Now, the technical stuff: Filth is packed with an excellent cast from all avenues of British cinema. James McAvoy is perfectly cast as Robbo, his greasy hair and crap beard (you can still see the chin beneath, which is a problem I also suffer from when trying to grow facial hair) practically emanating stink through the screen. The always underrated Eddie Marsan puts in a funny, sympathetic performance as Bruce's punching bag best mate, and there's Jim Broadbent too, as Bruce's doctor. Shauna MacDonald (adored since The Descent), Jamie Bell, Imogen Poots, John Sessions, Shirley Henderson, Iain De Caestecker and Martin Compston fill out the strong supporting cast, while genre fans should also get a kick out of seeing the fantastic Pollyanna McIntosh show her face too. Its excellent soundtrack (a mix of Christmas songs and retro pop anthems), haunting score and Scottish burr make it one of the best sounding movies out there too.

Blackly hilarious, upsetting, troubling and curiously uplifting at the same time, Filth is the very Scottish answer to Bad Lieutenant and Bad Santa, and a great addition to the always 'fun' irredeemable-people-seeking-vague-redemption subgenre.

As time passes, however, so does one's perspective on art, and life. I watched Filth again in preparation for this piece and, this time, something about it didn't quite click. It remains one of my favourite films of this decade, but a part of me has moved on from Filth. And that's probably for the best.

Related: this piece I wrote for men's health charity The CALM Zone.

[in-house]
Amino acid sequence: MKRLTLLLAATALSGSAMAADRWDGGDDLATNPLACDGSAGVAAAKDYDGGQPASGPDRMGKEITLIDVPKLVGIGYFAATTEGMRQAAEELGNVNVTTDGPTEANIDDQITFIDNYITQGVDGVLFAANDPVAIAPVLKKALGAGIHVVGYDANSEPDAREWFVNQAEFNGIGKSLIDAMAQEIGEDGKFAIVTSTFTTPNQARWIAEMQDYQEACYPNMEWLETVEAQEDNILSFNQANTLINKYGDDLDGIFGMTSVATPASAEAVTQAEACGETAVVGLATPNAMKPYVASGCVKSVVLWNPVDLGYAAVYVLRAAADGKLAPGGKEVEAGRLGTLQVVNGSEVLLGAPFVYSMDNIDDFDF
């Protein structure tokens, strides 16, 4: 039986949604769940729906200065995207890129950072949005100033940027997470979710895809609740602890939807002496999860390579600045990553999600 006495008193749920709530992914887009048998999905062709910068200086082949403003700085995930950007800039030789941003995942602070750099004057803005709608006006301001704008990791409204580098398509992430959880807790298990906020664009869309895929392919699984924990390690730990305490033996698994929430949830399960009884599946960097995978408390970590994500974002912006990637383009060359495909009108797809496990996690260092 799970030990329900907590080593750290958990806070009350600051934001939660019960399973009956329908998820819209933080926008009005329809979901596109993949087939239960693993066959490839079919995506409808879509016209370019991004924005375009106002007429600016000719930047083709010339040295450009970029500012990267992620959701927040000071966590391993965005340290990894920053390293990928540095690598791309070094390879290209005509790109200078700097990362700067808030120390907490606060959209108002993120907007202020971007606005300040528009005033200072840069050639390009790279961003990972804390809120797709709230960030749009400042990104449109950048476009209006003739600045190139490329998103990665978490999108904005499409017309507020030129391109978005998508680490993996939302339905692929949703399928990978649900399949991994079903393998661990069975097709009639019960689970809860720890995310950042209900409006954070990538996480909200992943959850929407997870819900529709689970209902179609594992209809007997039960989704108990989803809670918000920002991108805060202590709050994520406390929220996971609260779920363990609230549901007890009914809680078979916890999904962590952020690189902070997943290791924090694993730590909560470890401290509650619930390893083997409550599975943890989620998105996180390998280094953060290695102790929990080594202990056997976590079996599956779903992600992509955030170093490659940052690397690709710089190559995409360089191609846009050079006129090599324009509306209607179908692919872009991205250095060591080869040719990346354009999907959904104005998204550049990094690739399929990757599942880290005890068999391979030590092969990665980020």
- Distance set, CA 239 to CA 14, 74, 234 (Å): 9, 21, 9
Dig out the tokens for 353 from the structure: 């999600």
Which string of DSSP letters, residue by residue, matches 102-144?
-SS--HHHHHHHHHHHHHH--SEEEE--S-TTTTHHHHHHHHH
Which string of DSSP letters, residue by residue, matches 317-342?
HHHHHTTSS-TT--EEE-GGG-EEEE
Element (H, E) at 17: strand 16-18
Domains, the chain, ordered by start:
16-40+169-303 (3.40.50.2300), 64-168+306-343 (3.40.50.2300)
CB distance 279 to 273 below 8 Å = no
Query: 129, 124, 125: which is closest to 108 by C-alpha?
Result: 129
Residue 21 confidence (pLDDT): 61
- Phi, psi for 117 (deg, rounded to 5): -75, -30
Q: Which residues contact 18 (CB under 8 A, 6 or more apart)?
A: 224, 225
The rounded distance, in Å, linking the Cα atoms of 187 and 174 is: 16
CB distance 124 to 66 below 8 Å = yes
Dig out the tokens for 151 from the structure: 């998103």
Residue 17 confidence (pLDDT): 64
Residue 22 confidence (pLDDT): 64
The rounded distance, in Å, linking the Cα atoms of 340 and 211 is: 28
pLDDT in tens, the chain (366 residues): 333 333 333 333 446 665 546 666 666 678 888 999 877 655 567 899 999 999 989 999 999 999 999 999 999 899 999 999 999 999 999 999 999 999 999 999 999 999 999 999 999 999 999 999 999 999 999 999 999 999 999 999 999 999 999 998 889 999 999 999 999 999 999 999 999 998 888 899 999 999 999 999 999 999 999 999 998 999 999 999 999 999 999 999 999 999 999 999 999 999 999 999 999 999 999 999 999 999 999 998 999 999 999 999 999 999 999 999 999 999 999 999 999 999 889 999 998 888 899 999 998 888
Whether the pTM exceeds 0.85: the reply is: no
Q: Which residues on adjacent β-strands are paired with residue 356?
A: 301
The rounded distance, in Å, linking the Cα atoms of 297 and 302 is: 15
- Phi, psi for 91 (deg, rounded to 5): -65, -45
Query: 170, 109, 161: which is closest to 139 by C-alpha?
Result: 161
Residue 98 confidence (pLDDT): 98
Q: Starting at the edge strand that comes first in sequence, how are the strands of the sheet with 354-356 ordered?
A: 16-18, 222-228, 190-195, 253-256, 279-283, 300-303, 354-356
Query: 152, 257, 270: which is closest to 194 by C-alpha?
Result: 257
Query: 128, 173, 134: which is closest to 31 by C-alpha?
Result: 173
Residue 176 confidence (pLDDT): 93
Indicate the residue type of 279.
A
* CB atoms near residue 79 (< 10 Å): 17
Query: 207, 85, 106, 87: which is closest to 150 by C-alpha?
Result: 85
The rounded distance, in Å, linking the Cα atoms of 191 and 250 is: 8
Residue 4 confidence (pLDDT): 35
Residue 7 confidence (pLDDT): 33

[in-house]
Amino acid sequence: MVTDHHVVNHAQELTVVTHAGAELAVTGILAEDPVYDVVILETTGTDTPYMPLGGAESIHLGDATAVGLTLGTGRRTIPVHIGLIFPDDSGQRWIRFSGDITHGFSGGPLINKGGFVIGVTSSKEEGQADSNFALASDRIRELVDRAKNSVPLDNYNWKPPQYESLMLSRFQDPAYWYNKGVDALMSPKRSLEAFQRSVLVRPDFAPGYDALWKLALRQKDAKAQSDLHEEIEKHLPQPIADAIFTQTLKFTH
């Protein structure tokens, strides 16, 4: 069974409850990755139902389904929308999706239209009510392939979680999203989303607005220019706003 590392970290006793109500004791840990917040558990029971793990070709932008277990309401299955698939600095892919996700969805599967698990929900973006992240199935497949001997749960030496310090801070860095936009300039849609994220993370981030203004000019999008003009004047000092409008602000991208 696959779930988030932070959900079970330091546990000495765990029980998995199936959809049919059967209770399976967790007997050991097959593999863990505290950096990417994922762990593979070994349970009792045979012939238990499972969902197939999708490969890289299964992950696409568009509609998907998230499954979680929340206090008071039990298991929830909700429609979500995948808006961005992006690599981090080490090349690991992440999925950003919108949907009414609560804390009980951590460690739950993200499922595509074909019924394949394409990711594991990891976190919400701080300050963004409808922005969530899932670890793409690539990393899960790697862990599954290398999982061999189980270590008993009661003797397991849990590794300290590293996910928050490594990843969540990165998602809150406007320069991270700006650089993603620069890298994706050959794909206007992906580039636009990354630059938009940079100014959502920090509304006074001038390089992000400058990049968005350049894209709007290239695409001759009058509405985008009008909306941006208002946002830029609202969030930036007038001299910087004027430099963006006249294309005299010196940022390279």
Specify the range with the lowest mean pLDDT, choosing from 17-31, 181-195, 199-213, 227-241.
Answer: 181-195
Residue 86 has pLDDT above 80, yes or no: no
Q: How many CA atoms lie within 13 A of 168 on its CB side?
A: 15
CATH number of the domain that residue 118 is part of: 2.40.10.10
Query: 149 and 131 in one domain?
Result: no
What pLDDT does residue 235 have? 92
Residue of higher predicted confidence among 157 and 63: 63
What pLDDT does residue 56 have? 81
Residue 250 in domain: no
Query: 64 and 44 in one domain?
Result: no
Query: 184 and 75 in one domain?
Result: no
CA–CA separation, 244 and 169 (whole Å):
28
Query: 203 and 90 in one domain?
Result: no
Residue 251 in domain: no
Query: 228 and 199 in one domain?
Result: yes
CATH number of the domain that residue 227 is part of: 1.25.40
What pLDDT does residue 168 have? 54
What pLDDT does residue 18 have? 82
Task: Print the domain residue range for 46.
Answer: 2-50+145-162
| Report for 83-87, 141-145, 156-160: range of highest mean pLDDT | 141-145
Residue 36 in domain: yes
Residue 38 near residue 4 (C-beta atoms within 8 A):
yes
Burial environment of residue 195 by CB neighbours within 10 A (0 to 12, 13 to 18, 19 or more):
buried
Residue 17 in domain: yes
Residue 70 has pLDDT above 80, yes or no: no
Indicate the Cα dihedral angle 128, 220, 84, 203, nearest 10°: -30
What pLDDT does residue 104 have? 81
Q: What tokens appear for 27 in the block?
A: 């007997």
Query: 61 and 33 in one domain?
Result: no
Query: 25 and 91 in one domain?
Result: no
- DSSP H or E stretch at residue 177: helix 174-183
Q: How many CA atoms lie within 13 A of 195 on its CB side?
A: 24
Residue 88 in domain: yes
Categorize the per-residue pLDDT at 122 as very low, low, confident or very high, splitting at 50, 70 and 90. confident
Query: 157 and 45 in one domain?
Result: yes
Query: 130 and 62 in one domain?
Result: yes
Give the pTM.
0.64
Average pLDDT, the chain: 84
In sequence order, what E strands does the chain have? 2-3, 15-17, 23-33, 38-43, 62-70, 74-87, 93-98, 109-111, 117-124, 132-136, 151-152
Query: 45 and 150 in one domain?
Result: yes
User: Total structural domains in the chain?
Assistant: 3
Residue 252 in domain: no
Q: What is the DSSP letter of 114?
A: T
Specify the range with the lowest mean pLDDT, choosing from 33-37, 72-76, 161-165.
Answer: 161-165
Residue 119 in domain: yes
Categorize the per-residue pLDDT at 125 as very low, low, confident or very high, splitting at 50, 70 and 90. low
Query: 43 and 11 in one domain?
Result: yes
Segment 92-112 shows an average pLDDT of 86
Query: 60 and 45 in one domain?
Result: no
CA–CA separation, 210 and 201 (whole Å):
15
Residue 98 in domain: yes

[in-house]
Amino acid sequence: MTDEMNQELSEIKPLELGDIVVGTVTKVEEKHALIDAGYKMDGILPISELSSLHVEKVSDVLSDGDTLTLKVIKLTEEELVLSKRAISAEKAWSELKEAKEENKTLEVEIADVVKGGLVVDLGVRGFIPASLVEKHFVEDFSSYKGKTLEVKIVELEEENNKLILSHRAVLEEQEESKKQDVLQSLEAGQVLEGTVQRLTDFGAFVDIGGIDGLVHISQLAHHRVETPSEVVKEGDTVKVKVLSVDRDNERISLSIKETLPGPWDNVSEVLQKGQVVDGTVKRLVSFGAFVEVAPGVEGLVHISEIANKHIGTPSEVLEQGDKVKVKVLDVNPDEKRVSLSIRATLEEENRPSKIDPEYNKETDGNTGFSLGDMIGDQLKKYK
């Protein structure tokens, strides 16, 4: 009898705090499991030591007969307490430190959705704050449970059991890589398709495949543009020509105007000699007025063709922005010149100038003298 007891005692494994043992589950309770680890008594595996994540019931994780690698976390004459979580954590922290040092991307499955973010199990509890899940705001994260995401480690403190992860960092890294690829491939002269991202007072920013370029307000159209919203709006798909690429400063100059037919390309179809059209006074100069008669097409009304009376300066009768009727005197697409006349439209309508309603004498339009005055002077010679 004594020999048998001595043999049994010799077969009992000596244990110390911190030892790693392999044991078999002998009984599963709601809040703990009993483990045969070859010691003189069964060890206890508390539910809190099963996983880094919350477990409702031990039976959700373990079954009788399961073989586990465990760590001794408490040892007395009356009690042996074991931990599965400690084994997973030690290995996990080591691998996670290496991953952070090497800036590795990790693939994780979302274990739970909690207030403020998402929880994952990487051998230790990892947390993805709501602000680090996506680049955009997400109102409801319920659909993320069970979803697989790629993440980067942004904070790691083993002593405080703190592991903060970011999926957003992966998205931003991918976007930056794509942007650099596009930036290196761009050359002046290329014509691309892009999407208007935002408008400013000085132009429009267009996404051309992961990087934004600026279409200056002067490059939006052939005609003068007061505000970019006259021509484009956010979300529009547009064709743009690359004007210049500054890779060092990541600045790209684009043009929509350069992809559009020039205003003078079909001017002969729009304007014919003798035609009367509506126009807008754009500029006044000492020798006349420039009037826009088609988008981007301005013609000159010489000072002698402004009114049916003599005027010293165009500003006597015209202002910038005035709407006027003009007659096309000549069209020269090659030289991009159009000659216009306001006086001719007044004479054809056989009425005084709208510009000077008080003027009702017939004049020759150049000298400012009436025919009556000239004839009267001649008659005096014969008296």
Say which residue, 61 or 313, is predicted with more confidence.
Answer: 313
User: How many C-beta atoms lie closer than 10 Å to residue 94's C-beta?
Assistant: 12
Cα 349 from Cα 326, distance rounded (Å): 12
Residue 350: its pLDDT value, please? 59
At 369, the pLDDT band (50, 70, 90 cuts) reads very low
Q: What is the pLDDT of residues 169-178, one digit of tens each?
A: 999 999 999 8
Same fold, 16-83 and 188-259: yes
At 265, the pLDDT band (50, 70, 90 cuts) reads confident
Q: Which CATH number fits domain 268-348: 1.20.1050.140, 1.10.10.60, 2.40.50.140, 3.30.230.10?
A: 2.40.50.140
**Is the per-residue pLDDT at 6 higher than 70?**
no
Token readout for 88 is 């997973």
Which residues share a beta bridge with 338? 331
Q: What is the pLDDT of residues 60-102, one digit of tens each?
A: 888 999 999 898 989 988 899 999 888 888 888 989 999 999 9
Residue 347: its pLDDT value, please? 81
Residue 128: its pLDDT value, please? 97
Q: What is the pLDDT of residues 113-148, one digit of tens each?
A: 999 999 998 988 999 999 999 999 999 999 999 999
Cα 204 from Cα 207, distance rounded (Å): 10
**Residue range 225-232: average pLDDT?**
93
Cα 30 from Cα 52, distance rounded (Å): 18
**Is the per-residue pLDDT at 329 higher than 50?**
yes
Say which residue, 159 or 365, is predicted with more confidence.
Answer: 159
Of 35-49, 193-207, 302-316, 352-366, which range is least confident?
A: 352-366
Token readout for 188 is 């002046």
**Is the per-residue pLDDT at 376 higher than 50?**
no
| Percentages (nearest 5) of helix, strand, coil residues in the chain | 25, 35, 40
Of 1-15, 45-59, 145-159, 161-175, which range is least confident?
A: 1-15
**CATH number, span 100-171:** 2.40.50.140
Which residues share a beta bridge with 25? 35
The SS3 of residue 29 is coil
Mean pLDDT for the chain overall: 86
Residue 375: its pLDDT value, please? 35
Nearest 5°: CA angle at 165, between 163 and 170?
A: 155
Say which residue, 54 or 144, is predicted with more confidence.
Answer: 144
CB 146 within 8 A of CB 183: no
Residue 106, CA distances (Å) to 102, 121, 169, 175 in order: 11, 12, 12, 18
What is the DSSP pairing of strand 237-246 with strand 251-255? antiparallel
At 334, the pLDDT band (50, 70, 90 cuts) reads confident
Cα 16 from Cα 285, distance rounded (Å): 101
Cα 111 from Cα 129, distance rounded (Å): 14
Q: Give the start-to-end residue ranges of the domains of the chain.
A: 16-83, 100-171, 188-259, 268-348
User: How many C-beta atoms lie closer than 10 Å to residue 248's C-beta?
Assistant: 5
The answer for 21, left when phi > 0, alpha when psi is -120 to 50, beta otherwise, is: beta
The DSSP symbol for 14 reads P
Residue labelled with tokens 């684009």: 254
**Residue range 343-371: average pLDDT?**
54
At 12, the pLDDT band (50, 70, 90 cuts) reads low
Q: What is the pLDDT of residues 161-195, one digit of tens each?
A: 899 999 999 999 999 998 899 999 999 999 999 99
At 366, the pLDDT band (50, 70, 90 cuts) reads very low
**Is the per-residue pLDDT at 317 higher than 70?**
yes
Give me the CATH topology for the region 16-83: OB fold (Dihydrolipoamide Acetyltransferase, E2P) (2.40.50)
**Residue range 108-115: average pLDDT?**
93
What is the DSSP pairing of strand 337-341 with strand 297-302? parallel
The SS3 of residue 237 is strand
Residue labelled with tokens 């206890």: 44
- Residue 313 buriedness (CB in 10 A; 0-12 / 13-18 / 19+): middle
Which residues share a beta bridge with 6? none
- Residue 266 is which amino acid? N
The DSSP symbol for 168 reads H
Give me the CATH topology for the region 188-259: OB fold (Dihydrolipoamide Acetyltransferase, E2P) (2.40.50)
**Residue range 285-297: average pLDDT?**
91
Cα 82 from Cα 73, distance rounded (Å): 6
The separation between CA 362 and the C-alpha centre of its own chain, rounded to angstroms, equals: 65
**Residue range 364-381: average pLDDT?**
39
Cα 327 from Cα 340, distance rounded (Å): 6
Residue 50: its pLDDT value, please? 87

2. Die Hard


Director: John McTiernan (1988)
Starring: Bruce Willis, Alan Rickman, Bonnie Bedelia
Find it: IMDB

Terrorists at a Christmas party, 'Let it snow! Let it snow!' on the radio, and a Christmas tree. Of course Die Hard is a Christmas film. And not only that, but one of the greatest action movies of all time too. Die Hard is so influential that the sheer amount of imitators since have left it feeling a little dated and predictable when viewed for the first time by virgin, heathen eyes. And the less said about its sequels that aren't With a Vengeance the better.

A classic, but not a holiday one, which only makes it more acceptable to watch all year around. As if you needed an excuse. Good Era Bruce Willis is John McClane, but you didn't need me to tell you that. Trapped in an enormous tower block as terrorists attack on Christmas Eve (which you didn't need me to tell you either), McClane is the one man who can stand against the charismatic but terrifying Hans Gruber (Alan Rickman, which you absolutely already knew). All this, and without shoes. What he does have, however, is pure working class spirit, a rebellious streak as wide as the Plaza itself, and a hell of a potty mouth.


If you're the sort of grump who has to ease into the festive spirit with a Christmas film that isn't really a Christmas film (see also: Batman Returns), then Die Hard is the perfect winterval gift. It's violent, sweary and full of explosions, but still sneaks in a bit of that Christmas goodwill between all the gunfire. The sequels may have let his marriage to Holly hit the skids again, but John's reconciliation with his wife here should warm the cockles of any old Scrooge's heart. But if that romance doesn't do it for you, there's always McClane's sweet friendship with beat cop Al and his undeniable chemistry with the villainous Gruber.

As with everything else, the shitshow that was 2016 makes watching Die Hard a bittersweet experience. Bruce Willis no longer gives a shit. Thanks to that and Jai Courtney, the franchise name is now worth less than that of its imitators. And of course, this being the year we lost the magnificent Alan Rickman. We can, at least comfort ourselves with his movies. Some may go with his turn in Love, Actually, but Rickman is more likeable in Die Hard. At least he's honest about his being an utter bastard (pretending to be an American hostage aside).

Willis is on top form here, but it's Rickman who owns this one. Magnetic, charismatic, imposing and with such unmistakable diction, even in a German accent. Its magic ingredient, Alan Rickman is the ace up Die Hard's sleeve, even after all this time.